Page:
# Bilinear interpolation

In mathematics, **bilinear interpolation** is an extension of linear interpolation for interpolating functions of two variables (e.g., and ) on a regular 2D grid.

The key idea is to perform linear interpolation first in one direction, and then again in the other direction. Although each step is linear in the sampled values and in the position, the interpolation as a whole is not linear but rather quadratic in the sample location.

## Algorithm

Suppose that we want to find the value of the unknown function *f* at the point *P* = (*x*, *y*). It is assumed that we know the value of *f* at the four points *Q*_{11} = (*x*_{1}, *y*_{1}), *Q*_{12} = (*x*_{1}, *y*_{2}), *Q*_{21} = (*x*_{2}, *y*_{1}), and *Q*_{22} = (*x*_{2}, *y*_{2}).

We first do linear interpolation in the *x*-direction. This yields

We proceed by interpolating in the *y*-direction.

This gives us the desired estimate of *f*(*x*, *y*).

Note that we will arrive at the same result if the interpolation is done first along the *y*-direction and then along the *x*-direction.

### Unit Square

If we choose a coordinate system in which the four points where *f* is known are (0, 0), (0, 1), (1, 0), and (1, 1), then the interpolation formula
simplifies to

Or equivalently, in matrix operations:

### Nonlinear

Contrary to what the name suggests, the bilinear interpolant is *not* linear; but it is the product of two linear functions.

Alternatively, the interpolant can be written as

where

In both cases, the number of constants (four) correspond to the number of data points where *f* is given. The interpolant is linear along lines parallel to either the or the direction, equivalently if or is set constant. Along any other straight line, the interpolant is quadratic. However, even if the interpolation is *not* linear in the position (*x* and *y*), it *is* linear in the amplitude, as it is apparent from the equations above: all the coefficient *bj, j=1..4*, are proportional to the value of the function *f(,)*.

The result of bilinear interpolation is independent of which axis is interpolated first and which second. If we had first performed the linear interpolation in the *y*-direction and then in the *x*-direction, the resulting approximation would be the same.

The obvious extension of bilinear interpolation to three dimensions is called trilinear interpolation.

## Application in image processing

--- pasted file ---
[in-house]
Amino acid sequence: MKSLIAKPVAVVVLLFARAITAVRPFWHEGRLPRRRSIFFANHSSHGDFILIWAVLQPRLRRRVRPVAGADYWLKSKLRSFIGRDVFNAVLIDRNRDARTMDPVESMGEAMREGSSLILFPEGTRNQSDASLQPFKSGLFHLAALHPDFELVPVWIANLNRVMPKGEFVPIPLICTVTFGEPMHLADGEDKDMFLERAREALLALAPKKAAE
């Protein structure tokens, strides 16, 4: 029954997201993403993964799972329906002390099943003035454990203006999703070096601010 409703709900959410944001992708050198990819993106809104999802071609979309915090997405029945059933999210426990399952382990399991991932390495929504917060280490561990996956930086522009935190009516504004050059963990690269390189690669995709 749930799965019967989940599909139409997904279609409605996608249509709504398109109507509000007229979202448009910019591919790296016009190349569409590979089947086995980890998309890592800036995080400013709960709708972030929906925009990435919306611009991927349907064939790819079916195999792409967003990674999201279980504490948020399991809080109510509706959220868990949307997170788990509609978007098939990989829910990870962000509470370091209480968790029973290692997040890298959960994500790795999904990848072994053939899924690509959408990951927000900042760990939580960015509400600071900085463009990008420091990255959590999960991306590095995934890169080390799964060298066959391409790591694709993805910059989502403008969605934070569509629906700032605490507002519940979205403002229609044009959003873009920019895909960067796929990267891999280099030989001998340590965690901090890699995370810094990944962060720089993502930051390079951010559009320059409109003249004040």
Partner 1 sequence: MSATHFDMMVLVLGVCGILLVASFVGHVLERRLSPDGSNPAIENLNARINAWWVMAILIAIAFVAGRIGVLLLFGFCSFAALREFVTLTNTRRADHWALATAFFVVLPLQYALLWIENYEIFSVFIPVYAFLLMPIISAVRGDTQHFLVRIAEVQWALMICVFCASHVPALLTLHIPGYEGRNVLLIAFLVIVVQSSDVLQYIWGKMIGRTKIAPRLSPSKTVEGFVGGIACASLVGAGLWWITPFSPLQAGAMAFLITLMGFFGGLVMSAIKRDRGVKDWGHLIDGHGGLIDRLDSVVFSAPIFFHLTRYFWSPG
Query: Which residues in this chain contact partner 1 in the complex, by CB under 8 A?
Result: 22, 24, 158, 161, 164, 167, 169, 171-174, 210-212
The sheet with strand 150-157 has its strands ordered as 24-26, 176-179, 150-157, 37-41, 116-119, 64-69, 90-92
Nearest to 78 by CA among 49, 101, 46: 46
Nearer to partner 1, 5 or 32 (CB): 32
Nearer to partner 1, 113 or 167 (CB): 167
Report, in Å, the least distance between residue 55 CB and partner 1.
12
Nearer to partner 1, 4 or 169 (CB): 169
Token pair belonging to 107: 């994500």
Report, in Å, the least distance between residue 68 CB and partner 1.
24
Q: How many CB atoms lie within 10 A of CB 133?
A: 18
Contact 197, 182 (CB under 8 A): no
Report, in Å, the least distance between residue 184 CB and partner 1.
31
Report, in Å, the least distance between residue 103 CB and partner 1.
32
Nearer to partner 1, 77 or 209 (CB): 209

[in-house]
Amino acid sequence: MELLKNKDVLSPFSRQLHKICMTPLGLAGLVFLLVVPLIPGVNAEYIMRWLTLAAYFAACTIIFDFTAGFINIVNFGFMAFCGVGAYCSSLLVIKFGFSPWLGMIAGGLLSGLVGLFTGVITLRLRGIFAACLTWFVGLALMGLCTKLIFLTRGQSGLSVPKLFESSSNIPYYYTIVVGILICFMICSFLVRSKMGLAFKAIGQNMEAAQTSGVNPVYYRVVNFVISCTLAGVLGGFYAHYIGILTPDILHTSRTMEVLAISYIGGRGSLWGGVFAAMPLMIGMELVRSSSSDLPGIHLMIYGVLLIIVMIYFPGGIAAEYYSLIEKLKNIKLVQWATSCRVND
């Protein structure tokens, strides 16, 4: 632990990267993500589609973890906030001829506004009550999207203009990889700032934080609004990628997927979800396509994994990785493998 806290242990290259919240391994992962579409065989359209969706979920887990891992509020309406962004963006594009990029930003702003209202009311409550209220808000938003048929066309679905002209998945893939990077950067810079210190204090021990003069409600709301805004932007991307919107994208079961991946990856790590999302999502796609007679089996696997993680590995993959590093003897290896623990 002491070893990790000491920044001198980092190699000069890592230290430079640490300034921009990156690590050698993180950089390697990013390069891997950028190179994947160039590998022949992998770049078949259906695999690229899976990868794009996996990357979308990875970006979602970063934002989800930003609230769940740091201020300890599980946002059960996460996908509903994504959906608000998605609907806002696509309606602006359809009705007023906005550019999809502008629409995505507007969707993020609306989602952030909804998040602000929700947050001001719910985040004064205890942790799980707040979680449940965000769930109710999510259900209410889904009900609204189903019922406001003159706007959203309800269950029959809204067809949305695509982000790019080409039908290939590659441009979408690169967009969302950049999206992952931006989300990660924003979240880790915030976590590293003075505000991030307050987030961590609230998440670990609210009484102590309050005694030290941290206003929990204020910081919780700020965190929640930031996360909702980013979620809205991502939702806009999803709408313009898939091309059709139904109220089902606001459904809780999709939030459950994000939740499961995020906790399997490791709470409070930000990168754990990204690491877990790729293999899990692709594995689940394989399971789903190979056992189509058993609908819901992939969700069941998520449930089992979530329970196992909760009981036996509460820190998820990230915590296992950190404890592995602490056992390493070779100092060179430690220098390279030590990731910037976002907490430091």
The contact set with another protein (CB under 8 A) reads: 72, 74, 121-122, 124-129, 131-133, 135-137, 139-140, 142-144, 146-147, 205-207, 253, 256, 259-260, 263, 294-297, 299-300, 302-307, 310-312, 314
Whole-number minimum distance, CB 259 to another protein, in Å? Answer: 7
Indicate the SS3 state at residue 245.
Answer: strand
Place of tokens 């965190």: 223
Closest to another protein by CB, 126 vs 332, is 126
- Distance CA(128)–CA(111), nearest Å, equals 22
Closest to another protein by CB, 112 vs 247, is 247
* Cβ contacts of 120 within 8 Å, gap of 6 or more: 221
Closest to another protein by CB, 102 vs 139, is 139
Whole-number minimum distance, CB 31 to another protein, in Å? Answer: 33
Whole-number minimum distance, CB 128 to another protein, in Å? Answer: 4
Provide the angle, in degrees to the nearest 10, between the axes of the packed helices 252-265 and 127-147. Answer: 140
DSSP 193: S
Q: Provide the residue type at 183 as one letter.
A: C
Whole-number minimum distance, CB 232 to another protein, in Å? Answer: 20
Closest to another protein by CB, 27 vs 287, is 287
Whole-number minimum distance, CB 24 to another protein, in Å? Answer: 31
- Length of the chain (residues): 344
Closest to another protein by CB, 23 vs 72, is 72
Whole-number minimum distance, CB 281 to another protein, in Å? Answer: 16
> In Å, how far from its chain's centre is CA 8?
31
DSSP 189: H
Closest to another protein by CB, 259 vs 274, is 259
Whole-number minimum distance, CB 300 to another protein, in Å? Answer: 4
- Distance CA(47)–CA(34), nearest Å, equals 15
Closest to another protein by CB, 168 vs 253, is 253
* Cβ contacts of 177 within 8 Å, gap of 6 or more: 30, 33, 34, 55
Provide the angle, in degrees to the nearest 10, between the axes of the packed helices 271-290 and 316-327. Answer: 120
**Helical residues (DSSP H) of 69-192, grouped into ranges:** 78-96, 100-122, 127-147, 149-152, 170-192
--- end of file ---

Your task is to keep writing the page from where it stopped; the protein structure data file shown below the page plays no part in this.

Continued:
In computer vision and image processing, bilinear interpolation is one of the basic resampling techniques.

In texture mapping, it is also known as bilinear filtering or *bilinear texture mapping*, and it can be used to produce a reasonably realistic image. An algorithm is used to map a screen pixel location to a corresponding point on the texture map. A weighted average of the attributes (color, alpha, etc.) of the four surrounding texels is computed and applied to the screen pixel. This process is repeated for each pixel forming the object being textured.^{[1]}

When an image needs to be scaled up, each pixel of the original image needs to be moved in a certain direction based on the scale constant. However, when scaling up an image by a non-integral scale factor, there are pixels (i.e., *holes*) that are not assigned appropriate pixel values. In this case, those *holes* should be assigned appropriate RGB or grayscale values so that the output image does not have non-valued pixels.

Bilinear interpolation can be used where perfect image transformation with pixel matching is impossible, so that one can calculate and assign appropriate intensity values to pixels. Unlike other interpolation techniques such as nearest neighbor interpolation and bicubic interpolation, bilinear interpolation uses only the 4 nearest pixel values which are located in diagonal directions from a given pixel in order to find the appropriate color intensity values of that pixel.

Bilinear interpolation considers the closest 2x2 neighborhood of known pixel values surrounding the unknown pixel's computed location. It then takes a weighted average of these 4 pixels to arrive at its final, interpolated value. The weight on each of the 4 pixel values is based on the computed pixel's distance (in 2D space) from each of the known points.^{[2]}

As seen in the example on the right, the intensity value at the pixel computed to be at row 20.2, column 14.5 can be calculated by first linearly interpolating between the values at column 14 and 15 on each rows 20 and 21, giving

and then interpolating linearly between these values, giving

This algorithm reduces some of the visual distortion caused by resizing an image to a non-integral zoom factor, as opposed to nearest neighbor interpolation, which will make some pixels appear larger than others in the resized image. Bilinear interpolation tends, however, to produce a greater number of interpolation artifacts (such as aliasing, blurring, and edge halos) than more computationally demanding techniques such as bicubic interpolation.^{[3]}

## See also

- Bicubic interpolation
- Trilinear interpolation
- Spline interpolation
- Lanczos resampling
- Stairstep interpolation
- Barycentric coordinates - for interpolating within a triangle or tetrahedron